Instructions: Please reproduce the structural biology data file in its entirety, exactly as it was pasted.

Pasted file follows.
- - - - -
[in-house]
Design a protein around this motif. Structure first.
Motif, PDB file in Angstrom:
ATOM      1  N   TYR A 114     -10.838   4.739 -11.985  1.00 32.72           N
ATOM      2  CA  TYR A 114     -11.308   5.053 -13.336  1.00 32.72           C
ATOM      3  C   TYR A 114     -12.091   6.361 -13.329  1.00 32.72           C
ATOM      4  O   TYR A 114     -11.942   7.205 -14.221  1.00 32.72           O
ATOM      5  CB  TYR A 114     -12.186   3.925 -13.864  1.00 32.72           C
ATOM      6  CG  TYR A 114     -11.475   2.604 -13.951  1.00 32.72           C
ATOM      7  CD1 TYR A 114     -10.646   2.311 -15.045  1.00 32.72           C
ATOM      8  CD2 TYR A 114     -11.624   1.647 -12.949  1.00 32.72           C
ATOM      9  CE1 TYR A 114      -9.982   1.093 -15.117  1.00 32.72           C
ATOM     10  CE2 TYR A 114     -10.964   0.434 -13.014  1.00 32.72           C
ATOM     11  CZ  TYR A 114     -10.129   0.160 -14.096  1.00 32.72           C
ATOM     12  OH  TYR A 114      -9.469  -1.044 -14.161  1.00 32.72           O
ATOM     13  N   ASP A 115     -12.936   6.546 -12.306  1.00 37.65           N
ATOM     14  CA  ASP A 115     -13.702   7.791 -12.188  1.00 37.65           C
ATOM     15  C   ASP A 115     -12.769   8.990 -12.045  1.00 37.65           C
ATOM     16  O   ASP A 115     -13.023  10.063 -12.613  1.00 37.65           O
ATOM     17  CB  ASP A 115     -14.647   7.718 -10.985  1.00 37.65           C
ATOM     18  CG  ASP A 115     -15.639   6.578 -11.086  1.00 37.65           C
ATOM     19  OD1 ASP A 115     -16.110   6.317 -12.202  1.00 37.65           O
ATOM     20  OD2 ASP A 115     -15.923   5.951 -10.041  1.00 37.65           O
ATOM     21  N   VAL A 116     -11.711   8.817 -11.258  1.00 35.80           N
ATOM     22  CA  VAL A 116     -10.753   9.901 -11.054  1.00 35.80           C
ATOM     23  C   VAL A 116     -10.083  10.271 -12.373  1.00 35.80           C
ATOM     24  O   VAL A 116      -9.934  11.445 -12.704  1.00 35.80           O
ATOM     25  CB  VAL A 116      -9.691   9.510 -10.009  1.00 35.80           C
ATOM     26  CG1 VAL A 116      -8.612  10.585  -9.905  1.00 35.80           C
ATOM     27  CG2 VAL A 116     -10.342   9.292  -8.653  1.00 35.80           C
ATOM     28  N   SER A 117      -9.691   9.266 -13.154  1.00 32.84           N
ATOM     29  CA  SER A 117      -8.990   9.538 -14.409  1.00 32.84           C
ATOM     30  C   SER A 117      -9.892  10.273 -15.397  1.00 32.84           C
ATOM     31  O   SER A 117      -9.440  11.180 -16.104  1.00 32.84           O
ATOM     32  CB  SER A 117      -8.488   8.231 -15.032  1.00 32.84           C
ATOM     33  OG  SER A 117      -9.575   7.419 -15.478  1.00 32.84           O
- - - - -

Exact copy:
[in-house]
Design a protein around this motif. Structure first.
Motif, PDB file in Angstrom:
ATOM      1  N   TYR A 114     -10.838   4.739 -11.985  1.00 32.72           N
ATOM      2  CA  TYR A 114     -11.308   5.053 -13.336  1.00 32.72           C
ATOM      3  C   TYR A 114     -12.091   6.361 -13.329  1.00 32.72           C
ATOM      4  O   TYR A 114     -11.942   7.205 -14.221  1.00 32.72           O
ATOM      5  CB  TYR A 114     -12.186   3.925 -13.864  1.00 32.72           C
ATOM      6  CG  TYR A 114     -11.475   2.604 -13.951  1.00 32.72           C
ATOM      7  CD1 TYR A 114     -10.646   2.311 -15.045  1.00 32.72           C
ATOM      8  CD2 TYR A 114     -11.624   1.647 -12.949  1.00 32.72           C
ATOM      9  CE1 TYR A 114      -9.982   1.093 -15.117  1.00 32.72           C
ATOM     10  CE2 TYR A 114     -10.964   0.434 -13.014  1.00 32.72           C
ATOM     11  CZ  TYR A 114     -10.129   0.160 -14.096  1.00 32.72           C
ATOM     12  OH  TYR A 114      -9.469  -1.044 -14.161  1.00 32.72           O
ATOM     13  N   ASP A 115     -12.936   6.546 -12.306  1.00 37.65           N
ATOM     14  CA  ASP A 115     -13.702   7.791 -12.188  1.00 37.65           C
ATOM     15  C   ASP A 115     -12.769   8.990 -12.045  1.00 37.65           C
ATOM     16  O   ASP A 115     -13.023  10.063 -12.613  1.00 37.65           O
ATOM     17  CB  ASP A 115     -14.647   7.718 -10.985  1.00 37.65           C
ATOM     18  CG  ASP A 115     -15.639   6.578 -11.086  1.00 37.65           C
ATOM     19  OD1 ASP A 115     -16.110   6.317 -12.202  1.00 37.65           O
ATOM     20  OD2 ASP A 115     -15.923   5.951 -10.041  1.00 37.65           O
ATOM     21  N   VAL A 116     -11.711   8.817 -11.258  1.00 35.80           N
ATOM     22  CA  VAL A 116     -10.753   9.901 -11.054  1.00 35.80           C
ATOM     23  C   VAL A 116     -10.083  10.271 -12.373  1.00 35.80           C
ATOM     24  O   VAL A 116      -9.934  11.445 -12.704  1.00 35.80           O
ATOM     25  CB  VAL A 116      -9.691   9.510 -10.009  1.00 35.80           C
ATOM     26  CG1 VAL A 116      -8.612  10.585  -9.905  1.00 35.80           C
ATOM     27  CG2 VAL A 116     -10.342   9.292  -8.653  1.00 35.80           C
ATOM     28  N   SER A 117      -9.691   9.266 -13.154  1.00 32.84           N
ATOM     29  CA  SER A 117      -8.990   9.538 -14.409  1.00 32.84           C
ATOM     30  C   SER A 117      -9.892  10.273 -15.397  1.00 32.84           C
ATOM     31  O   SER A 117      -9.440  11.180 -16.104  1.00 32.84           O
ATOM     32  CB  SER A 117      -8.488   8.231 -15.032  1.00 32.84           C
ATOM     33  OG  SER A 117      -9.575   7.419 -15.478  1.00 32.84           O